Bed bug experts from across North America are meeting in Chicago this week for the annual Bed Bug University North American Summit. The summit’s keynote session will focus on Fear and Loathing: Social Issues and the Psychological Impact of Bed Bugs and will feature presentations by U.S. Congressman Robert Dold of Illinois who is also president of America’s oldest pest control firm, noted bed bug expert Dr. Michael Potter of the University of Kentucky and physician Dr. Caleb Adler, M.D. of the University of Cincinnati.

While bed bugs, which are not known to transmit disease, are considered a nuisance pest, their presence often provokes severe emotional and psychological distress and scratching their bites can lead to serious secondary infections. As bed bug infestations become increasingly common in New Jersey and across the country, NJ pest control firms, bed bug experts, the medical community and government agencies have seen a disturbing increase in the social and emotional toll bed bug infestations take on their victims.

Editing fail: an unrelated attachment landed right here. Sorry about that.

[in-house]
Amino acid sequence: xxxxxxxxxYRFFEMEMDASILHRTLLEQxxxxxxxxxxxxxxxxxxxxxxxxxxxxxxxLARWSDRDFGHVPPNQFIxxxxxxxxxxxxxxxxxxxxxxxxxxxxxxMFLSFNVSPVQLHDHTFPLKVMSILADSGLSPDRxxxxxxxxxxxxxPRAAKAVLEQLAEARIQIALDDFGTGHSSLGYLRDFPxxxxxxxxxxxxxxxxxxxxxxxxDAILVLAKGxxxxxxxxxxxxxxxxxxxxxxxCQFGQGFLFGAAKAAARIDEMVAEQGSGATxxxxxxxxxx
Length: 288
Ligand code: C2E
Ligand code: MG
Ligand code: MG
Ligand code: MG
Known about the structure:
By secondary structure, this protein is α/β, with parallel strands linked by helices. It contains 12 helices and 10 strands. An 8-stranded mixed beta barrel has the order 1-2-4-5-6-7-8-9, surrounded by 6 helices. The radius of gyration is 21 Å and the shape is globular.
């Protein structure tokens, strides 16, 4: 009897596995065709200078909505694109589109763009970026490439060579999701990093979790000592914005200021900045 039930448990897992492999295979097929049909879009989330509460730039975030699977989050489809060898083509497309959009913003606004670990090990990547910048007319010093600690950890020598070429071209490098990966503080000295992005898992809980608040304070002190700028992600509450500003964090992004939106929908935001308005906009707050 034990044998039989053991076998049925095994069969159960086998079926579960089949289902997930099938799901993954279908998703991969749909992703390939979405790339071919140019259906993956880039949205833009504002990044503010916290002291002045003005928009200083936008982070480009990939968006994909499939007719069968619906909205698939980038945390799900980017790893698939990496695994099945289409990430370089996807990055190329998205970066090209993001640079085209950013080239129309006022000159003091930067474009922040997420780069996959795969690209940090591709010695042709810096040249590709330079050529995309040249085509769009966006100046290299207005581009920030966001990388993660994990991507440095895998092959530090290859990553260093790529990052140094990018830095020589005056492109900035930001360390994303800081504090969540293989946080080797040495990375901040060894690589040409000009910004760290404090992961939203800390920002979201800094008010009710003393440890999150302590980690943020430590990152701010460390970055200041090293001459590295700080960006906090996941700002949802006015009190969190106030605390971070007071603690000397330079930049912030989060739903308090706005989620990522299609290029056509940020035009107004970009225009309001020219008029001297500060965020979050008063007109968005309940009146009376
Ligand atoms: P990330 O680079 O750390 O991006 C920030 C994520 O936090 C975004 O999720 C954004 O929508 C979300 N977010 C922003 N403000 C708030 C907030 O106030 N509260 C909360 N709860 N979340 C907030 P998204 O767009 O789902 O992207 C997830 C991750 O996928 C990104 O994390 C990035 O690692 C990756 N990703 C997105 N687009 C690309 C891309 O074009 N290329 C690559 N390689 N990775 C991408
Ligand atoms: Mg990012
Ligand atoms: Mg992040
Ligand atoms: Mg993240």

Despite the fact that bed bugs are not caused by dirty or unsanitary conditions — they are carried into a home or office on the clothing or possessions of an infested individual — bed bugs carry a powerful negative stigma. Bed bug victims suffer acute embarrassment that often results in social isolation. Fear and lack of understanding about bed bug behavior can make bed bug victims pariahs in their communities.

Sharing a bed with blood-feeding bed bugs invokes its own emotional and psychological stress. Sleep deprivation is common which can affect family relationships, work performance and physical health. Psychological distress can also lead to hysteria and a condition in which bed bug victims feel like bugs are constantly crawling on their skin.